News Release

U.S. Department of Labor Investigation Results in McDonalds’ Franchisee Paying Penalties to Resolve Child Labor Violations Found at 11 New Jersey Locations

CENTRAL VALLEY, NY – After an investigation by the U.S. Department of Labor’s Wage and Hour Division (WHD), McDonalds’ franchisee S&P Enterprises Inc. has paid $8,829 in penalties to resolve child labor violations in 11 northern New Jersey locations. 

WHD’s Northern New Jersey District Office determined that S&P Enterprises Inc., based in Central Valley, New York, violated the requirements of the Fair Labor Standards Act (FLSA) that limit the number of hours and times of day that employees under 16 years of age may legally work while school is in session. Owner and operator of 11 McDonalds restaurants in Bergen, Morris, Passaic, and Union counties, S&P Enterprises Inc. employed 16 minors, ages 14 and 15. The identified minors worked after 7:00 p.m. during the school year, more than 3 hours on a school day, more than 8 hours on a non-school day, and/or more than 18 hours during a school week, exceeding the limits set by law.

“Child labor laws protect the educational opportunities of minors, and ensure that their employment does not come at the expense of their health or well-being,” said John Warner, WHD Northern New Jersey District Director. “This case demonstrates how child labor violations can occur when front-line supervisors do not comply with the law’s requirements, and fail to monitor minor employees’ hours. The Department of Labor offers a variety of tools for employers to ensure that staff is trained and everyone is onboard to keep young workers protected.”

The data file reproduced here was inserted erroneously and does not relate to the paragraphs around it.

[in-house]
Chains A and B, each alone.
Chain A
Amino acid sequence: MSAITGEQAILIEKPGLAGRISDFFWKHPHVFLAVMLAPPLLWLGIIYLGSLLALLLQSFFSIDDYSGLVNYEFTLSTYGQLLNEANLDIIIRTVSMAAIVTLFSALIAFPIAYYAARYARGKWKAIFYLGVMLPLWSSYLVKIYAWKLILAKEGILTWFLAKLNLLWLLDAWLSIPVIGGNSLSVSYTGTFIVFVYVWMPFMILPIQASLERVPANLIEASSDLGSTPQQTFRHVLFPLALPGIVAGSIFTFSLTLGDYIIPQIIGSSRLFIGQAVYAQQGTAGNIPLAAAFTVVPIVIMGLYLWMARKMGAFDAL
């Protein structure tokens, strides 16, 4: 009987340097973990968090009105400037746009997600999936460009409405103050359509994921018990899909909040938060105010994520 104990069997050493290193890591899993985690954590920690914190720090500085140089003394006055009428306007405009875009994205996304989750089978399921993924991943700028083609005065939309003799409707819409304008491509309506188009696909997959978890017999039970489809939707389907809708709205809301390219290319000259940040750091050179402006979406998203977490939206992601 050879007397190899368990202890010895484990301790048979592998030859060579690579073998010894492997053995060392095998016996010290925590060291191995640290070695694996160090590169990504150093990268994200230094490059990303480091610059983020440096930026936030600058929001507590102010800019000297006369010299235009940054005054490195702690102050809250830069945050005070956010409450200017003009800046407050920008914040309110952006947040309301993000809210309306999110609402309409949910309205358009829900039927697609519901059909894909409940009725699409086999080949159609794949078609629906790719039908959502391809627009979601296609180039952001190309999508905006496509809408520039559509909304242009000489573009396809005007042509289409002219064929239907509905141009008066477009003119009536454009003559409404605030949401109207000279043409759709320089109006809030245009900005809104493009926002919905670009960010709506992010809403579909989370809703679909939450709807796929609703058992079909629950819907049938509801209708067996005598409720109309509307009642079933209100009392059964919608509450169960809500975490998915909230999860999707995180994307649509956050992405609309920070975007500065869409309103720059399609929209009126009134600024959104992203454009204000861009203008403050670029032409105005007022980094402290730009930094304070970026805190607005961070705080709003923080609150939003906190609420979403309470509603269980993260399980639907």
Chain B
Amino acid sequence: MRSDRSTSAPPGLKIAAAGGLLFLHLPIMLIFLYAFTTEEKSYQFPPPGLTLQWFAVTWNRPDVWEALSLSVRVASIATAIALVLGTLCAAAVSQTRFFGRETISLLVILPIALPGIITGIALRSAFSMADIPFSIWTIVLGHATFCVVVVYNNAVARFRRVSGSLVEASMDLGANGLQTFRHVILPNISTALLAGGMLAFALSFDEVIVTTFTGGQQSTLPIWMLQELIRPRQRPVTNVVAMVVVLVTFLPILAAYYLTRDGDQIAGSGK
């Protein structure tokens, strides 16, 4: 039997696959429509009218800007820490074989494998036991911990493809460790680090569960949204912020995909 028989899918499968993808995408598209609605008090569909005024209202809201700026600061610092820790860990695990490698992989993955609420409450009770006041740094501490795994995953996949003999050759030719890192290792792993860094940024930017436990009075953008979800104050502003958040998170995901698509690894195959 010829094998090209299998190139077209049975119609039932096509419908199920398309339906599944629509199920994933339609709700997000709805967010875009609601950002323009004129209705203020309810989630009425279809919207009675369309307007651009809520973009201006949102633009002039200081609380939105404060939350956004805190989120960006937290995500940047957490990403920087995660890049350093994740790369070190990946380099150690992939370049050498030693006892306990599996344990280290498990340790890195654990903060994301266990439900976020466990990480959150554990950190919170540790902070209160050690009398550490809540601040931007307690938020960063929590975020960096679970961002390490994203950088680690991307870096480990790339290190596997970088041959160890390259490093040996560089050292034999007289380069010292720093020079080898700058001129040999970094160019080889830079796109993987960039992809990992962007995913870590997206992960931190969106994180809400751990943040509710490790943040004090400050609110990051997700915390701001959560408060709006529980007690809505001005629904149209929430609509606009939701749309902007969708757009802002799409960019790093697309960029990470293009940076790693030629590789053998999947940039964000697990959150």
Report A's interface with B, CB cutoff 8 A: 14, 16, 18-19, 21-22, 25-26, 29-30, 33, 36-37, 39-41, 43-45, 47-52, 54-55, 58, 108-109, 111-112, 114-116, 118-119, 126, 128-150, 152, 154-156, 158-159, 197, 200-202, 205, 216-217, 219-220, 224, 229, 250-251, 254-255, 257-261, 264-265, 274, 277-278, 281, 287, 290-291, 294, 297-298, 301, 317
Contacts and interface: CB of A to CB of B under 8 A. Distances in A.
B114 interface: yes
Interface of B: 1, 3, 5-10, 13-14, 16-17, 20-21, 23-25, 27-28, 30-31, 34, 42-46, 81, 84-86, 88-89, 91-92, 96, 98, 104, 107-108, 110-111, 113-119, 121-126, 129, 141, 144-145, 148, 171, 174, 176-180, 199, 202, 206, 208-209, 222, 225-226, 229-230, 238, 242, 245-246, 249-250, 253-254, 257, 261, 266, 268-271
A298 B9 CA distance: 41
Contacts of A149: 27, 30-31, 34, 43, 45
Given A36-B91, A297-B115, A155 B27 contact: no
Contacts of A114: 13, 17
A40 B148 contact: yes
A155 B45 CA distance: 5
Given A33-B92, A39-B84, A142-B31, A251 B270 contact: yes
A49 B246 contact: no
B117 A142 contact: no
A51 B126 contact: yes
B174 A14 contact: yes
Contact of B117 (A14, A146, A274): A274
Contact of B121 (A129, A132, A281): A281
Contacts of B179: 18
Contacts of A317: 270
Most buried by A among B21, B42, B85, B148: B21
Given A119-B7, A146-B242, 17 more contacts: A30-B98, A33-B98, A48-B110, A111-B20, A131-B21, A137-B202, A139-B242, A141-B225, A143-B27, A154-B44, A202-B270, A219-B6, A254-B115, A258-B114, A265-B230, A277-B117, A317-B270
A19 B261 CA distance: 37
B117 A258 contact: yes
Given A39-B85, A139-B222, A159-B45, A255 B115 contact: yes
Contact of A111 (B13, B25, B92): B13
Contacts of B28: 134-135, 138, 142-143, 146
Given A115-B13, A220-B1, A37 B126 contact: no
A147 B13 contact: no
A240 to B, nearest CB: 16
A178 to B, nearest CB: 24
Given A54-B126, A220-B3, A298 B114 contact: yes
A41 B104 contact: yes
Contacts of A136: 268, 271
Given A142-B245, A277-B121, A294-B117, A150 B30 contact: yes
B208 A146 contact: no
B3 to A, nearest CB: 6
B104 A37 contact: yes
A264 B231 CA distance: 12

The FLSA permits youth ages 14 and 15 to work between the hours of 7:00 a.m. and 7:00 p.m. (until 9:00 p.m. from June 1 to Labor Day); up to 3 hours on a school day, including Fridays, and up to 18 hours in a school week. During non-school days, youth ages 14 and 15 can work up to 8 hours per day and up to 40 hours during non-school weeks.

Employees and employers can get more information about federal wage laws administered by the Division by calling the agency’s toll-free helpline at 866-4US-WAGE (487-9243). Employees can also file complaints confidentially. More information also is available online at

Wage and Hour Division
May 18, 2018
Release Number
Contact: Leni Fortson
Contact: Joanna Hawkins